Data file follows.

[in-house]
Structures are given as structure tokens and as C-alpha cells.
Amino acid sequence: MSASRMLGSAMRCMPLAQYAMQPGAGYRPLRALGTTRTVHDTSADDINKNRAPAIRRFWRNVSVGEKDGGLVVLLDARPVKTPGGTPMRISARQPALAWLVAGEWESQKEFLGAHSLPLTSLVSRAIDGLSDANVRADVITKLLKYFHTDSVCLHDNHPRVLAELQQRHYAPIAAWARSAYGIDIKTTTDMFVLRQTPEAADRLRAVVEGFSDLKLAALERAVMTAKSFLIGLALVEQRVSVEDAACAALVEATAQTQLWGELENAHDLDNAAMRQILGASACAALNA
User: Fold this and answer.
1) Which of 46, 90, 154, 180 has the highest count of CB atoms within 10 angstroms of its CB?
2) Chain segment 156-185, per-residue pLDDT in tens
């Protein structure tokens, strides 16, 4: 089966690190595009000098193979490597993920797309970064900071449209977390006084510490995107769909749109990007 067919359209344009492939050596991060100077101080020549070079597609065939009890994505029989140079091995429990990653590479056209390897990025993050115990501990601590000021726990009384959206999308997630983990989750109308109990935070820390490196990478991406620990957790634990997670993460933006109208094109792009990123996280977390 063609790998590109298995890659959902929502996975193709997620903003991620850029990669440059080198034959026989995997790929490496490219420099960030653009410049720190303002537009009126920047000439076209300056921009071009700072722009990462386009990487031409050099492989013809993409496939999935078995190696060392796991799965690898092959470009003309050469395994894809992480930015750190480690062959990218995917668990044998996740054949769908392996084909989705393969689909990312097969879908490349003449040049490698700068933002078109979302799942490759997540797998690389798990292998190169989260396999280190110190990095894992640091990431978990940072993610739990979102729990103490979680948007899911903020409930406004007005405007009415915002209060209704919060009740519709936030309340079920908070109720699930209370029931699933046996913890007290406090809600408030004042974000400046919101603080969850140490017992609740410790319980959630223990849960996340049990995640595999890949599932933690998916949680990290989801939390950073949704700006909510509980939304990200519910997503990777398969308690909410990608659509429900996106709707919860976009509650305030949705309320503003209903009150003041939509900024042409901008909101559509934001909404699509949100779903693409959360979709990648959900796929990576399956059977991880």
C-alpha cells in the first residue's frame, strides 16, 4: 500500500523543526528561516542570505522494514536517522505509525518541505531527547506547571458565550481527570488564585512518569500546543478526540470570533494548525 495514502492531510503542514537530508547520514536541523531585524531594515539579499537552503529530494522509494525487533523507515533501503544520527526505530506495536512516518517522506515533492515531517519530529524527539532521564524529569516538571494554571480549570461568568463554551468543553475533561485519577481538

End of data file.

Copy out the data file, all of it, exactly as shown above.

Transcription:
[in-house]
Structures are given as structure tokens and as C-alpha cells.
Amino acid sequence: MSASRMLGSAMRCMPLAQYAMQPGAGYRPLRALGTTRTVHDTSADDINKNRAPAIRRFWRNVSVGEKDGGLVVLLDARPVKTPGGTPMRISARQPALAWLVAGEWESQKEFLGAHSLPLTSLVSRAIDGLSDANVRADVITKLLKYFHTDSVCLHDNHPRVLAELQQRHYAPIAAWARSAYGIDIKTTTDMFVLRQTPEAADRLRAVVEGFSDLKLAALERAVMTAKSFLIGLALVEQRVSVEDAACAALVEATAQTQLWGELENAHDLDNAAMRQILGASACAALNA
User: Fold this and answer.
1) Which of 46, 90, 154, 180 has the highest count of CB atoms within 10 angstroms of its CB?
2) Chain segment 156-185, per-residue pLDDT in tens
């Protein structure tokens, strides 16, 4: 089966690190595009000098193979490597993920797309970064900071449209977390006084510490995107769909749109990007 067919359209344009492939050596991060100077101080020549070079597609065939009890994505029989140079091995429990990653590479056209390897990025993050115990501990601590000021726990009384959206999308997630983990989750109308109990935070820390490196990478991406620990957790634990997670993460933006109208094109792009990123996280977390 063609790998590109298995890659959902929502996975193709997620903003991620850029990669440059080198034959026989995997790929490496490219420099960030653009410049720190303002537009009126920047000439076209300056921009071009700072722009990462386009990487031409050099492989013809993409496939999935078995190696060392796991799965690898092959470009003309050469395994894809992480930015750190480690062959990218995917668990044998996740054949769908392996084909989705393969689909990312097969879908490349003449040049490698700068933002078109979302799942490759997540797998690389798990292998190169989260396999280190110190990095894992640091990431978990940072993610739990979102729990103490979680948007899911903020409930406004007005405007009415915002209060209704919060009740519709936030309340079920908070109720699930209370029931699933046996913890007290406090809600408030004042974000400046919101603080969850140490017992609740410790319980959630223990849960996340049990995640595999890949599932933690998916949680990290989801939390950073949704700006909510509980939304990200519910997503990777398969308690909410990608659509429900996106709707919860976009509650305030949705309320503003209903009150003041939509900024042409901008909101559509934001909404699509949100779903693409959360979709990648959900796929990576399956059977991880």
C-alpha cells in the first residue's frame, strides 16, 4: 500500500523543526528561516542570505522494514536517522505509525518541505531527547506547571458565550481527570488564585512518569500546543478526540470570533494548525 495514502492531510503542514537530508547520514536541523531585524531594515539579499537552503529530494522509494525487533523507515533501503544520527526505530506495536512516518517522506515533492515531517519530529524527539532521564524529569516538571494554571480549570461568568463554551468543553475533561485519577481538